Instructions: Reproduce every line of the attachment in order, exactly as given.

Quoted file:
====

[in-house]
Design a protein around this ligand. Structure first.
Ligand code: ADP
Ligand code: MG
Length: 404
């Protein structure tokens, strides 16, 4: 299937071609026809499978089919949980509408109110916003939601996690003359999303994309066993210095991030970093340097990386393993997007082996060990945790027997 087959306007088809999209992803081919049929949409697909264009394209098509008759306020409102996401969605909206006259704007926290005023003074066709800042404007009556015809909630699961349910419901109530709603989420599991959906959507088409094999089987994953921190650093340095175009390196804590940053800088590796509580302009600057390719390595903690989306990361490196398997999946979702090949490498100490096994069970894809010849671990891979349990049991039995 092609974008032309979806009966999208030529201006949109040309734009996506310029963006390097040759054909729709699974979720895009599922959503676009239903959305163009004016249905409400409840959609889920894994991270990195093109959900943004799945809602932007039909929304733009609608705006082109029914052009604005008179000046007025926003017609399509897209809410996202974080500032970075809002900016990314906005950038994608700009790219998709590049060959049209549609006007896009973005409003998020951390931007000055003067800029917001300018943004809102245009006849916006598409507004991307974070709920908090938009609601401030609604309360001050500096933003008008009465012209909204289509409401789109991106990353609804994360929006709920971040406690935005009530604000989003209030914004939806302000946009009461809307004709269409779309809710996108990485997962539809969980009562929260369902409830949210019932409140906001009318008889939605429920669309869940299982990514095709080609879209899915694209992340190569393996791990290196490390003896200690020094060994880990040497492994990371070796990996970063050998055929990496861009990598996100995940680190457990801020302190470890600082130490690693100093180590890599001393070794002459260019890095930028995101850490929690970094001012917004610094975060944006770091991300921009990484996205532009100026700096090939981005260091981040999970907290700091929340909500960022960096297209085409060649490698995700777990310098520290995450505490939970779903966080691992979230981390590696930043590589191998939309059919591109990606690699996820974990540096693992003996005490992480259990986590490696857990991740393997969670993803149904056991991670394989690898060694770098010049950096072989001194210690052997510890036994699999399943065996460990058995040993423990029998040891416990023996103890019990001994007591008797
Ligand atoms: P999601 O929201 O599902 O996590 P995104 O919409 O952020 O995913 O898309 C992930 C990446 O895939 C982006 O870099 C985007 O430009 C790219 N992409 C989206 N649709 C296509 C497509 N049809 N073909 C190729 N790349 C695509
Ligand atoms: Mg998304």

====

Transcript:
[in-house]
Design a protein around this ligand. Structure first.
Ligand code: ADP
Ligand code: MG
Length: 404
């Protein structure tokens, strides 16, 4: 299937071609026809499978089919949980509408109110916003939601996690003359999303994309066993210095991030970093340097990386393993997007082996060990945790027997 087959306007088809999209992803081919049929949409697909264009394209098509008759306020409102996401969605909206006259704007926290005023003074066709800042404007009556015809909630699961349910419901109530709603989420599991959906959507088409094999089987994953921190650093340095175009390196804590940053800088590796509580302009600057390719390595903690989306990361490196398997999946979702090949490498100490096994069970894809010849671990891979349990049991039995 092609974008032309979806009966999208030529201006949109040309734009996506310029963006390097040759054909729709699974979720895009599922959503676009239903959305163009004016249905409400409840959609889920894994991270990195093109959900943004799945809602932007039909929304733009609608705006082109029914052009604005008179000046007025926003017609399509897209809410996202974080500032970075809002900016990314906005950038994608700009790219998709590049060959049209549609006007896009973005409003998020951390931007000055003067800029917001300018943004809102245009006849916006598409507004991307974070709920908090938009609601401030609604309360001050500096933003008008009465012209909204289509409401789109991106990353609804994360929006709920971040406690935005009530604000989003209030914004939806302000946009009461809307004709269409779309809710996108990485997962539809969980009562929260369902409830949210019932409140906001009318008889939605429920669309869940299982990514095709080609879209899915694209992340190569393996791990290196490390003896200690020094060994880990040497492994990371070796990996970063050998055929990496861009990598996100995940680190457990801020302190470890600082130490690693100093180590890599001393070794002459260019890095930028995101850490929690970094001012917004610094975060944006770091991300921009990484996205532009100026700096090939981005260091981040999970907290700091929340909500960022960096297209085409060649490698995700777990310098520290995450505490939970779903966080691992979230981390590696930043590589191998939309059919591109990606690699996820974990540096693992003996005490992480259990986590490696857990991740393997969670993803149904056991991670394989690898060694770098010049950096072989001194210690052997510890036994699999399943065996460990058995040993423990029998040891416990023996103890019990001994007591008797
Ligand atoms: P999601 O929201 O599902 O996590 P995104 O919409 O952020 O995913 O898309 C992930 C990446 O895939 C982006 O870099 C985007 O430009 C790219 N992409 C989206 N649709 C296509 C497509 N049809 N073909 C190729 N790349 C695509
Ligand atoms: Mg998304």